On November 7, Bank Street welcomed authors Deborah Meier and Emily Gasoi to discuss the urgency around protecting the democratic spirit in public schools, which is the premise of their new book, These Schools Belong to You and Me: Why We Can’t Afford to Abandon Our Public Schools. The conversation was part of the College’s Niemeyer Series, an annual forum held at Bank Street that examines contemporary issues in education.
During the discussion, which was moderated by Bank Street President Shael Polakow-Suransky, GSE ‘00, Meier and Gasoi drew on their decades-long experiences in democratic school environments and touched on how educators and leaders can preserve and extend progressive values in the world of public education. The two authors shared anecdotes from their own educational journeys while navigating complex topics like how to effectively advocate for democratic public schools in an era that values compliance, authority, and control, as well as how to handle differences of opinion.
“We have created these institutions that are among the most authoritarian for the children who are compelled by society to spend six hours a day incarcerated in this setting; to some degree, teachers are, too,” said Meier. “Decisions are made from the top and passed down, where compliance is the greatest virtue and insubordination is fatal.”
According to both Meier and Gasoi, running a democratic public school—and teaching in one—is no easy feat and certainly has its challenges, but the authors believe it is crucial to do so in order to create the types of nurturing and supportive schools that all children deserve. Meier recalled a particular experience with one of her kindergarten students, Darrell, that acted as a learning opportunity in her career to demonstrate the importance of democratic practice in the classroom. She had been teaching a lesson about living and nonliving things, and Darrell placed a rock in the box labeled “living.”
“I was trying very hard not to be authoritarian with Darrell, and to ask questions,” said Meier. “But he was one of those kids who not only stuck to his opinions, but had arguments so profound I think every single kid by the end of that discussion agreed with him. So I looked at another kid and saw she had brought in a leaf she found on her way to school, and I realized I was going to have problems about what box to put that in, too.” At that moment, she decided to scrap the project entirely.
“We are born scientists, it is true. The kids were proof that we had not lost track of their capacity for intellectual stimulus, discussion, and thoughtful ideas—and democracy was not some foolish idea of mine. It was a real possibility—but not if I kept thinking about what adults say.”
Gasoi added, “I think it’s really hard to be a leader of a democratic school. In our schools, we say we want all our students to feel loved and all children to have a place, which sounds so great. There’s an embrace or lip-service for those more process-oriented skills and values that are more conducive to democratic citizenship, but there’s very little change in what’s actually happening.”
This idea of authority and challenging authority was a recurring theme throughout the night. Polakow-Suransky asked the authors for advice on how educators can balance their respect for leaders while also advocating for more democratic leadership structures and processes. Gasoi responded with a theme pulled from her book on how to appropriately handle disagreements with leadership, and Meier, an outspoken critic of state mandated curriculum and high-stakes standardized testing, explained the concept of “open corridor” as a tool for building a more democratic community.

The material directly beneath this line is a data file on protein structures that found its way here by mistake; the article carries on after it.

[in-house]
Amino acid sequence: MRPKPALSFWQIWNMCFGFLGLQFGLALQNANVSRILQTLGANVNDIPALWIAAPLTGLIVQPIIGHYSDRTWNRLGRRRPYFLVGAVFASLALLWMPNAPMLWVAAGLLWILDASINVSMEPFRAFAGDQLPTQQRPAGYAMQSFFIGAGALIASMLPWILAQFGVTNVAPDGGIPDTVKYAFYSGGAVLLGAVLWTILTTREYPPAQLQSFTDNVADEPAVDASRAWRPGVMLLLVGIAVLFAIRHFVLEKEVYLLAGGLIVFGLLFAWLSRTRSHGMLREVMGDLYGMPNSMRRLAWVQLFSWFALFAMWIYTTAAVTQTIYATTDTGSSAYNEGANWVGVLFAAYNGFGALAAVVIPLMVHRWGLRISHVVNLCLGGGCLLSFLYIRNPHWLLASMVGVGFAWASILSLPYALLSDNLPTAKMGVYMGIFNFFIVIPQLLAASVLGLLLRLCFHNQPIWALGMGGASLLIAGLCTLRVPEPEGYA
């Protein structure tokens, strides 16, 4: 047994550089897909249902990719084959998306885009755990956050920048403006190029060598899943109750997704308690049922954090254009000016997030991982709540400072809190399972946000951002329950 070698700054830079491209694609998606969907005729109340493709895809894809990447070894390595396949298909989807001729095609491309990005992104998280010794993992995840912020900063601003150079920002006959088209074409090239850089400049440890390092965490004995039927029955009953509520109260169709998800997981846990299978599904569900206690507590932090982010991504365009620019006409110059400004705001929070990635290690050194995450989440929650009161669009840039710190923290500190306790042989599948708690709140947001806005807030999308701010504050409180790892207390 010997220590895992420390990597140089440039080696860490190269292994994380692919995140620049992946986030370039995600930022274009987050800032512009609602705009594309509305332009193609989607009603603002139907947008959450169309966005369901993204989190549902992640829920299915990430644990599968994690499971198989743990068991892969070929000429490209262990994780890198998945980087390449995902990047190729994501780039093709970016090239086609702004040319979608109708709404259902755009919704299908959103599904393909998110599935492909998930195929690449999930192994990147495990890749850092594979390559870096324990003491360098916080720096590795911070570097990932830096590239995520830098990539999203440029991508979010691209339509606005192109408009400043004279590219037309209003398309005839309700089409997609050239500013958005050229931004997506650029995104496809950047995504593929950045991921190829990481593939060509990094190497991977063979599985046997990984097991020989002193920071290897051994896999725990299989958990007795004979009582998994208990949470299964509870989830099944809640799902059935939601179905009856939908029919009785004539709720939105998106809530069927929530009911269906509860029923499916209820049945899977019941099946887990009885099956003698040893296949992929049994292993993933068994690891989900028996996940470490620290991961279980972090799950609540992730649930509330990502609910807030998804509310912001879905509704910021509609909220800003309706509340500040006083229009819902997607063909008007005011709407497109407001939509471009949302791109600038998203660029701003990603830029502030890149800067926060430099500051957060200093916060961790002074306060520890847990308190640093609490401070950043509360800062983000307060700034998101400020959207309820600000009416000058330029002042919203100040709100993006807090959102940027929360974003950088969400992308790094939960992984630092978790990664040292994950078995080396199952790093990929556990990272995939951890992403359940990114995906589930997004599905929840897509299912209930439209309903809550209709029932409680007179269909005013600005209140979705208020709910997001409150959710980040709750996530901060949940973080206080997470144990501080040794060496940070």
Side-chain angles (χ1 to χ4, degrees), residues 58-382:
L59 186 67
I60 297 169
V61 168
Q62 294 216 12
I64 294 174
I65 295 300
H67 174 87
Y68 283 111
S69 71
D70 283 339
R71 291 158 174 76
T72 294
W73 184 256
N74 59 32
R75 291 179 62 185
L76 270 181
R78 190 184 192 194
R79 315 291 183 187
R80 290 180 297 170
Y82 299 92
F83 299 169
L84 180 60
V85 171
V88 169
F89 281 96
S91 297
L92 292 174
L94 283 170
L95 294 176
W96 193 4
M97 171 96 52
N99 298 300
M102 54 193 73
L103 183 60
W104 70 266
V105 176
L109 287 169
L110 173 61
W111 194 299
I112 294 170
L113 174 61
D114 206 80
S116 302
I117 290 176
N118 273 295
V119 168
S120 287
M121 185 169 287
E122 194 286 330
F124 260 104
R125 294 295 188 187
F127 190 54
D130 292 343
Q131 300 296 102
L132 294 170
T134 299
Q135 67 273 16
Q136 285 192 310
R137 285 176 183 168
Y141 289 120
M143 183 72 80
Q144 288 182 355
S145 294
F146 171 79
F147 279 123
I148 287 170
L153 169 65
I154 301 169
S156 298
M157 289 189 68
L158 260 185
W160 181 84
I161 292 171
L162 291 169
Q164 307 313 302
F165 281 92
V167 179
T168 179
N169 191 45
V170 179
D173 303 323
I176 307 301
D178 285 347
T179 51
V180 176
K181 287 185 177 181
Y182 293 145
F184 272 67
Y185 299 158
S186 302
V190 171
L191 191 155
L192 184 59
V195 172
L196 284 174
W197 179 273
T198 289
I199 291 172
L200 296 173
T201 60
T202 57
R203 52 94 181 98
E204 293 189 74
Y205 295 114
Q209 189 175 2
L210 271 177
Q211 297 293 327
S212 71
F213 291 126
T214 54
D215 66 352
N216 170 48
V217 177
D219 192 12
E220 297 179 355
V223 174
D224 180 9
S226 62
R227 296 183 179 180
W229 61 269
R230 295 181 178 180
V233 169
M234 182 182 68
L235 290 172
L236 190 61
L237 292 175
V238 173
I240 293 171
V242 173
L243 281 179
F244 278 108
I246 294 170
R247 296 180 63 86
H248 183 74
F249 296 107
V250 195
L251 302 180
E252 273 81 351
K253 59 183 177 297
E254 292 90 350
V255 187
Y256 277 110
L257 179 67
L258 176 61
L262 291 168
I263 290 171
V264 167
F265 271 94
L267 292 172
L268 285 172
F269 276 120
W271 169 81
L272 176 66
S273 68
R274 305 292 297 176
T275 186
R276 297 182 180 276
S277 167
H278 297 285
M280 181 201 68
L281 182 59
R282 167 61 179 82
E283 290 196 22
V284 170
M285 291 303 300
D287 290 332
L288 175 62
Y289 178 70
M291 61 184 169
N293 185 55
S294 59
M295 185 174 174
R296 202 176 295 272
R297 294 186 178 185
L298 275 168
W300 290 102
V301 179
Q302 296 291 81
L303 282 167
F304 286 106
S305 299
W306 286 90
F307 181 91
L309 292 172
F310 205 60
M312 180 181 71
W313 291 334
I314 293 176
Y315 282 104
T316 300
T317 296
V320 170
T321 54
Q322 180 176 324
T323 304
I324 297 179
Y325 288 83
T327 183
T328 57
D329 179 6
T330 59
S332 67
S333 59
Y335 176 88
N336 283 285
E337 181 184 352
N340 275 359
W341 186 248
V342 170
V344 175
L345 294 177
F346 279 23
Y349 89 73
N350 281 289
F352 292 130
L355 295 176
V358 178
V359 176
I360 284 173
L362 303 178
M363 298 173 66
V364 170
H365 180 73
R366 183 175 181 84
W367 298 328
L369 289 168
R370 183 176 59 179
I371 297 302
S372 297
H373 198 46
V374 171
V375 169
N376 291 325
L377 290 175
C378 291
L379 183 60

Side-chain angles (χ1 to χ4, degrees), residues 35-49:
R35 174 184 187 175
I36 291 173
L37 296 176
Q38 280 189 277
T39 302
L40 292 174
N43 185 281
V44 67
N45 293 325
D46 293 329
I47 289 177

“My office was always open and accessible,” she said. “I wanted everyone, including the students, to hear me on the phone getting angry at people more powerful than me to display that we ourselves are not afraid of power. We don’t have to coddle students because the world won’t coddle them. But the opposite is not to terrorize them, either. How fearfully most of us live our lives. I’ve learned to cope with that fear as the price of democracy.”
The conversation was inspiring and reinvigorating, and Meier and Gasoi offered a fresh take on the current state of democracy in public schools and what is needed from teachers and leaders to work together toward a democratic vision. Meier, a staunch public school advocate for four decades, helped revitalize New York City’s District 4 in East Harlem and helped found the Coalition of Essential Schools to foster democratic communities, greater teacher autonomy, and parental voice in children’s education during her career in education. Before authoring their new book, she and Gasoi worked together at the Mission Hill School in Roxbury, Massachusetts, which Meier founded and at which Gasoi
worked as a founding teacher. Gasoi, current adjunct professor at Georgetown University, is also the founder of Artful Education, an organization focused on improved practices for creative teaching and learning.
Polakow-Suransky closed the event with an acknowledgement of Meier’s iconic status in the field of public education: “After the work you’ve done, Debbie, there are now roughly 100 progressive schools in New York City. There is now a huge reservoir of capacities and ideas and it gives me a lot of hope. Teachers who have attended and grown up in these schools are becoming leaders. There is now a lot to work with in this city that can help guide our future. Thank you.”
The John H. Niemeyer Series presents lectures and symposia focused on urgent matters of educational interest. The Series is dedicated to the memory of John H. Niemeyer for his leadership in helping Bank Street College to become a national voice for children beyond practice and into policy.
President Shael Polakow-Suransky, Wendi Williams, Associate Dean of Academic Affairs at the Graduate School, Deborah Meier, and Emily Gasoi